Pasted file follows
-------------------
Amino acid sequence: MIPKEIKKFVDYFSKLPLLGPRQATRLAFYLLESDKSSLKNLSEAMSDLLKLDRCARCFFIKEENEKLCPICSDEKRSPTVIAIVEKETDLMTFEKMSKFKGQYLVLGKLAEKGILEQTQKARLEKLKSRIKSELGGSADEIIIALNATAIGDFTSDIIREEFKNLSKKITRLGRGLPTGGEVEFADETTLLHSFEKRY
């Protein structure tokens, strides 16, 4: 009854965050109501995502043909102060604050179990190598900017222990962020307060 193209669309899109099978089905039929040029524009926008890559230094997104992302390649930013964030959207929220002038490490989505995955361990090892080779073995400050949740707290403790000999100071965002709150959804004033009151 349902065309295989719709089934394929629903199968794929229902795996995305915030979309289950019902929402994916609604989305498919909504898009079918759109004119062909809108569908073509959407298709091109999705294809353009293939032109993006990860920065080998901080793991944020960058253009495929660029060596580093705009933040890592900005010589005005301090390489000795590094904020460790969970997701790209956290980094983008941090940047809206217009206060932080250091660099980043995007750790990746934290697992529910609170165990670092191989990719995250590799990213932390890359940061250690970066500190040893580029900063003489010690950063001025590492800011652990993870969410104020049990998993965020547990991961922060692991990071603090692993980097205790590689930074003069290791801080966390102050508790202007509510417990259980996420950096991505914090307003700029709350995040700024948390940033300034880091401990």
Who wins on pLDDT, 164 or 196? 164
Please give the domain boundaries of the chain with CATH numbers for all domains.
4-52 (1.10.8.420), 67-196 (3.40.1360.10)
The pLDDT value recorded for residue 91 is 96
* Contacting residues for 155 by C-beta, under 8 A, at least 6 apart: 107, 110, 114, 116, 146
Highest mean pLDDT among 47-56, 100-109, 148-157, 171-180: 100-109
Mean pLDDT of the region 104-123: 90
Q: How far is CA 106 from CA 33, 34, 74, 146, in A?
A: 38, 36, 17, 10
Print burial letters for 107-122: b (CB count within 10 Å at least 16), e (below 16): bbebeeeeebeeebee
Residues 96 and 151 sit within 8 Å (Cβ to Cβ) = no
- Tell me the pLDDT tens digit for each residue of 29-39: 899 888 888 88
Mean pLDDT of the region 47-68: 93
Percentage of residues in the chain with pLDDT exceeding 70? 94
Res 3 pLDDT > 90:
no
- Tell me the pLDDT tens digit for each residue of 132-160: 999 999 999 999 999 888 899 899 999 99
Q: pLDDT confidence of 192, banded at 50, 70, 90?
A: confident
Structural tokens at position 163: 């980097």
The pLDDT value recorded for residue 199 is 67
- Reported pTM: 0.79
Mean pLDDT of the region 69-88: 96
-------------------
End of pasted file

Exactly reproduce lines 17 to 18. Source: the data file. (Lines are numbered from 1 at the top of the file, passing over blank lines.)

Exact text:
Res 3 pLDDT > 90:
no